Community gaming. It’s one of those things where you’re in it together and you’re in it apart. Like life.

The together part, the Chinese know all about that. If you’ve been to Macau you’ve seen them four and five deep at those baccarat tables. Entire families make the crossing from Zhuhai or ride in on the ferry from Hong Kong, determined to strong-arm Fortune into revealing to them their destiny, if only for the day, and the more collective spiritual muscle you can bring to bear on the contest the better.

As for the slot machines, the “hungry tigers,” as they call them over there, they sit mostly untouched. That’s beginning to change, we’re told. But the problem the sector has had historically among the Celestials stems in part from the idea that you’re taking on a machine, an inanimate, insentient object that cannot be appeased or cajoled and might well be rigged against you. Worse, you’re doing it alone.

What you do see more of in Macau these days are electronic roulette and the like. You see them mostly in the slot halls, where the flexibility of their multi-player configurations makes sense for spaces that are smaller, where there isn’t as much money to pay croupiers and other staff - and where the bets are smaller, the wrestling with Fate more along the lines of horseplay.

These e-tables are prized in Europe, too, because maximizing revenue within the continent’s pitiless geographic and regulatory constraints is an endless challenge. Even the sanctity of the British betting shop has succumbed to them. But then Europeans have always been adept at packing a lot into a little. They’re masters of space. As for the rest, it’s only natural to them to think collectively first. In their view everyone wins when the good of the whole takes precedence over the passions of the individual.

Group love is harder to come by here in the Land of the Free. So we’ve been a little slower to catch on to the idea that the act of gambling might have added value as a communal experience. Once you’ve pushed past the craps pits it’s pretty much every man and woman for themselves.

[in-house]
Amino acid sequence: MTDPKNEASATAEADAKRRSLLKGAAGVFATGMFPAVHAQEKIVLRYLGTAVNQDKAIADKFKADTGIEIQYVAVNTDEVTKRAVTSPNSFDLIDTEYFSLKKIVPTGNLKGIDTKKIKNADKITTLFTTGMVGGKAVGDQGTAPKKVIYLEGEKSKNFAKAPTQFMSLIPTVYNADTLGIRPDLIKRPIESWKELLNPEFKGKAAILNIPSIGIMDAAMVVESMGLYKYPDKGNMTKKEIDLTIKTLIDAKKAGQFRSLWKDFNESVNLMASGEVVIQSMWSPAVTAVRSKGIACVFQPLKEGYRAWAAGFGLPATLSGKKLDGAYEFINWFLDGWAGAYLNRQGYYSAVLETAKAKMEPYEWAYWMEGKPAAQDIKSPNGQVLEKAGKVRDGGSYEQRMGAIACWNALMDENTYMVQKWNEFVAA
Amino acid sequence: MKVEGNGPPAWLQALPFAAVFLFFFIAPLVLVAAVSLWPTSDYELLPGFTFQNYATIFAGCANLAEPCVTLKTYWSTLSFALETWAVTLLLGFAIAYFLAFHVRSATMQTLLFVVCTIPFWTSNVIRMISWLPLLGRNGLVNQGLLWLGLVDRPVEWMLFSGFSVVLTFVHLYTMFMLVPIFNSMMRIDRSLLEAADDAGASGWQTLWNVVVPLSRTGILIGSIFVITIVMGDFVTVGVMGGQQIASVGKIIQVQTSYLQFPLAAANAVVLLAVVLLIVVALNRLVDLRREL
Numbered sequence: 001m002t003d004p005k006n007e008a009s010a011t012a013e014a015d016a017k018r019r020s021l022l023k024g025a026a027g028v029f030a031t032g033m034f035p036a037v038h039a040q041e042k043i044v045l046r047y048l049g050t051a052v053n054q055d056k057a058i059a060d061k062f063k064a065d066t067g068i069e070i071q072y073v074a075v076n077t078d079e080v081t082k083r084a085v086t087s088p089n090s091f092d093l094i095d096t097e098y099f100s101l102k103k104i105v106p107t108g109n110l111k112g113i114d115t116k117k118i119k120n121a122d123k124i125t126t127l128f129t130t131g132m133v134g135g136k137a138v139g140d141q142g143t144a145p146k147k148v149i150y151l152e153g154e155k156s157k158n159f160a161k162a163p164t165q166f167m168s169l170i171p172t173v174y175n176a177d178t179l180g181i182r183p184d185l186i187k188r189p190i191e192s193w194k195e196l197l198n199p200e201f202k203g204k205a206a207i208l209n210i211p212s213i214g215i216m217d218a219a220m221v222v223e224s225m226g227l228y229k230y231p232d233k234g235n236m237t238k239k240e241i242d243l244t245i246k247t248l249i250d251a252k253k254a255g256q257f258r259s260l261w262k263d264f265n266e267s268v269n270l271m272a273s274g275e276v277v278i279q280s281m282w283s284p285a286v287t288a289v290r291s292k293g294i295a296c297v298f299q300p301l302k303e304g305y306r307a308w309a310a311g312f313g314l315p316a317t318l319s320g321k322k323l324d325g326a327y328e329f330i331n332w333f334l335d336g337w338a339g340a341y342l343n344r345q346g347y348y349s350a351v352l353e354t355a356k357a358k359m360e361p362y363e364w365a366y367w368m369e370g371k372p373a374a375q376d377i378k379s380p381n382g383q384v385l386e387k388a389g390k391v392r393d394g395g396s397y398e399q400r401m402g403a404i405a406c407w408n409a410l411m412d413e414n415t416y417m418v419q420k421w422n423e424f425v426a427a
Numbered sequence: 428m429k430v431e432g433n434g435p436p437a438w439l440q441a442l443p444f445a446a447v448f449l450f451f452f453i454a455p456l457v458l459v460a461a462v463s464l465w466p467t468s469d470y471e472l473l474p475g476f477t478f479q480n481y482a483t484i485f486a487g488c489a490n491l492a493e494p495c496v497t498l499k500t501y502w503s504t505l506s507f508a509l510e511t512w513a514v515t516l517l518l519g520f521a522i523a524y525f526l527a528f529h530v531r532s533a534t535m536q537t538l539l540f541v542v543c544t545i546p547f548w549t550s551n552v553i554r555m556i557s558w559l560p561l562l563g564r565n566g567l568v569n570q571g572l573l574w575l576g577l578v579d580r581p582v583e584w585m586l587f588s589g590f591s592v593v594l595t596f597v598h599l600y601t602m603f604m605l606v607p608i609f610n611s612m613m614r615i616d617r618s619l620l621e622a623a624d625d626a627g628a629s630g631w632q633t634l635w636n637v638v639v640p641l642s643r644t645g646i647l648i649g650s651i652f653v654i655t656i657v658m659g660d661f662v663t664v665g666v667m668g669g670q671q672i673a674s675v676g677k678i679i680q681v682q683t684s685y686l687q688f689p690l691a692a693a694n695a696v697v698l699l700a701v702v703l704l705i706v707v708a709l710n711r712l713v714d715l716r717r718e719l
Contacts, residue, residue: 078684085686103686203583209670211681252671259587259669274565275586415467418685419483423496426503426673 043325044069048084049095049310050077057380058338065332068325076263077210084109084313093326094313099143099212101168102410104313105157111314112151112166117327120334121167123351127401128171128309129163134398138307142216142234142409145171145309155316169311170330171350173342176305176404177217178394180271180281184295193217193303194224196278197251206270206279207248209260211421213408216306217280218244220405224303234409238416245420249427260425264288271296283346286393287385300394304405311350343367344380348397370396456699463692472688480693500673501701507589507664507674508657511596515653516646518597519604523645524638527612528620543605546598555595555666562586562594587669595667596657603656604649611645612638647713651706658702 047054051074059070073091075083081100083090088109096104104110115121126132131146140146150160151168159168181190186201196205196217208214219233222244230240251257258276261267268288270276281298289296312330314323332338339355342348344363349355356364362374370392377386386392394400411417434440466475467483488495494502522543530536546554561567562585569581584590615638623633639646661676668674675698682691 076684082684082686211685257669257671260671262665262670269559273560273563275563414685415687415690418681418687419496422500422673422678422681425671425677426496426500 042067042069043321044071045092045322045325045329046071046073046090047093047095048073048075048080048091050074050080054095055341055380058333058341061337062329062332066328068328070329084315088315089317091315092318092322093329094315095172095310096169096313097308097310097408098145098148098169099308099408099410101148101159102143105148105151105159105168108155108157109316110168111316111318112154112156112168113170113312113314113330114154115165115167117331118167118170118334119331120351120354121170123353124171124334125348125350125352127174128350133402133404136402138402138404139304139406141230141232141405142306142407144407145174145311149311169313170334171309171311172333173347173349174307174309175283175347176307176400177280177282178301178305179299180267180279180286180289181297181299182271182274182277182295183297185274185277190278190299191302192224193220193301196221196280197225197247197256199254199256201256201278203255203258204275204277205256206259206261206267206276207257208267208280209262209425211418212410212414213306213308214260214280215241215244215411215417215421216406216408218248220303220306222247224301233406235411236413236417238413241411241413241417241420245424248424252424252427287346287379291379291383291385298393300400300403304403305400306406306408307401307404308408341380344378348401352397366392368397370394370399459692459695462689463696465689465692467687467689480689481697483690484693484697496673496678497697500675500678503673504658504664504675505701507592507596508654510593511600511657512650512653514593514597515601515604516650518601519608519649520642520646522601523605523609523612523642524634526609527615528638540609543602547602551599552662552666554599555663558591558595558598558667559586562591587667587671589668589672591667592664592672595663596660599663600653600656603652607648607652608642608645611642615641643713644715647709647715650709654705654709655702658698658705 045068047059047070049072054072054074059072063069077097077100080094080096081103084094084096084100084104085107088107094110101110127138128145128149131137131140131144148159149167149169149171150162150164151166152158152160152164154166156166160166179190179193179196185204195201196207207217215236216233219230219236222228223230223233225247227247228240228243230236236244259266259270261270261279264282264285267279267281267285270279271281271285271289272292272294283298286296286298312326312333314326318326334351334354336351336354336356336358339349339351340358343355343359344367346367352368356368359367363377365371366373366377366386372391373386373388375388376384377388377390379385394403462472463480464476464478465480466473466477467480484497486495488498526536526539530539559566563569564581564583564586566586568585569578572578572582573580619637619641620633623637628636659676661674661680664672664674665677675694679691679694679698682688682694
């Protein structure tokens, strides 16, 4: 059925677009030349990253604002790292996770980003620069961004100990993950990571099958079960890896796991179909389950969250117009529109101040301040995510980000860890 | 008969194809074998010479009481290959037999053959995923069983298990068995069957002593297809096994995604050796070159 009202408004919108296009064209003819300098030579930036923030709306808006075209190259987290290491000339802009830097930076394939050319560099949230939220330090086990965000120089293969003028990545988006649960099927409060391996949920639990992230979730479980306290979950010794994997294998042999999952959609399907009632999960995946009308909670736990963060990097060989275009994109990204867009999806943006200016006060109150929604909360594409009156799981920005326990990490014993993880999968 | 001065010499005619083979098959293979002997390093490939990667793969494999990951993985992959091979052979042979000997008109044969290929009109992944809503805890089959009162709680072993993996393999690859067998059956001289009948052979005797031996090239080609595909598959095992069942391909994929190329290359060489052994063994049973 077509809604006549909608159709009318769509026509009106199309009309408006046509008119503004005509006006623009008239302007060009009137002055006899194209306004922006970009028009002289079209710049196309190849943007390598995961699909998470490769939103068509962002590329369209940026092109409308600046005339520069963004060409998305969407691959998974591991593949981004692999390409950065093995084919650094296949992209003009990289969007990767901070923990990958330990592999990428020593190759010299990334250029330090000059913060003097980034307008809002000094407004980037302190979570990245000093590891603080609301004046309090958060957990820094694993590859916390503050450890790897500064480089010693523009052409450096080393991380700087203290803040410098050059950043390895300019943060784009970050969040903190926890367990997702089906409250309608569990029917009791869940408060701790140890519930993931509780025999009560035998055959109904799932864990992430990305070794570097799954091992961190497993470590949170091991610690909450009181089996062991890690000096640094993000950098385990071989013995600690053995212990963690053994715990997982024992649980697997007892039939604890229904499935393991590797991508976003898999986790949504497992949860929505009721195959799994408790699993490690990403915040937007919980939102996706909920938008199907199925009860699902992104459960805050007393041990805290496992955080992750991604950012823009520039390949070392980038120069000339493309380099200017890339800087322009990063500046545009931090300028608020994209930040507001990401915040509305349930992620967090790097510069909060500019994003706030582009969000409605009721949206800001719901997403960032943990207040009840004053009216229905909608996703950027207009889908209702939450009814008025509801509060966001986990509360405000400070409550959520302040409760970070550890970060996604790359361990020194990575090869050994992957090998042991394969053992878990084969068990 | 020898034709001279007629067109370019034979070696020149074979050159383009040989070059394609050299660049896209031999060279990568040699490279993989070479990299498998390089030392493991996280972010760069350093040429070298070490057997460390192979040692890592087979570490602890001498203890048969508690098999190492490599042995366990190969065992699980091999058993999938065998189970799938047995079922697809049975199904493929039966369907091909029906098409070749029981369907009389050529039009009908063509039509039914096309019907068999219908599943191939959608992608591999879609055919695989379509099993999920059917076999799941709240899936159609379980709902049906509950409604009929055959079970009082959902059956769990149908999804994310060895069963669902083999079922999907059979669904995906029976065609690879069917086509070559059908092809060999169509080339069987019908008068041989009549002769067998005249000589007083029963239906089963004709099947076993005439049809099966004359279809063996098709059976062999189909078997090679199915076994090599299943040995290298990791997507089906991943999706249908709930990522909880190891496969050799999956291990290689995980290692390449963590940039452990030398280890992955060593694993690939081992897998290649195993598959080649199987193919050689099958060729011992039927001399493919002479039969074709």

Yet why should Americans be different than anyone else when it comes to recognizing that fun tends to increase when you multiply it times other people? We’re not any different. Of course, we like doing things together. Why wouldn’t we?

And there’s nothing like shared consequences for bringing people together. Let’s hope it’s one of the enduring takeaways from this recession. A gambling hall would be the last place you’d look to find the shoots of social change. Then again, there’s no place like a casino for coaxing our weaknesses and strengths into the open, separately and collectively, and stripping them bare, where this huge and unwieldy social thing has to be made to work for all participants on some level.

Which is why when it comes to slot R&D you have to think these present hard times are supplying a lot of the momentum. Selling machines is tougher than ever, as we know. At the same time, the industry is entering one of those storied consensual phases that lead to its reinvention for sale to the next generation, and everybody seems to be on board with the idea that the process must make this new culture of mass personal communication its own if it’s to succeed. Creating experiences that people want to share - yes, it’s about the restaurants, the rooms, the spas, the shows, the stores, the service, and it has to be about the games too.

And should we come away from all this with technologies and practices that help rid us of this not so rugged individuality of ours, this pathological American loneliness, the illusion that we’re going it alone, that somehow we’re better off going it alone, as if such a thing were possible … well, we could do a lot worse.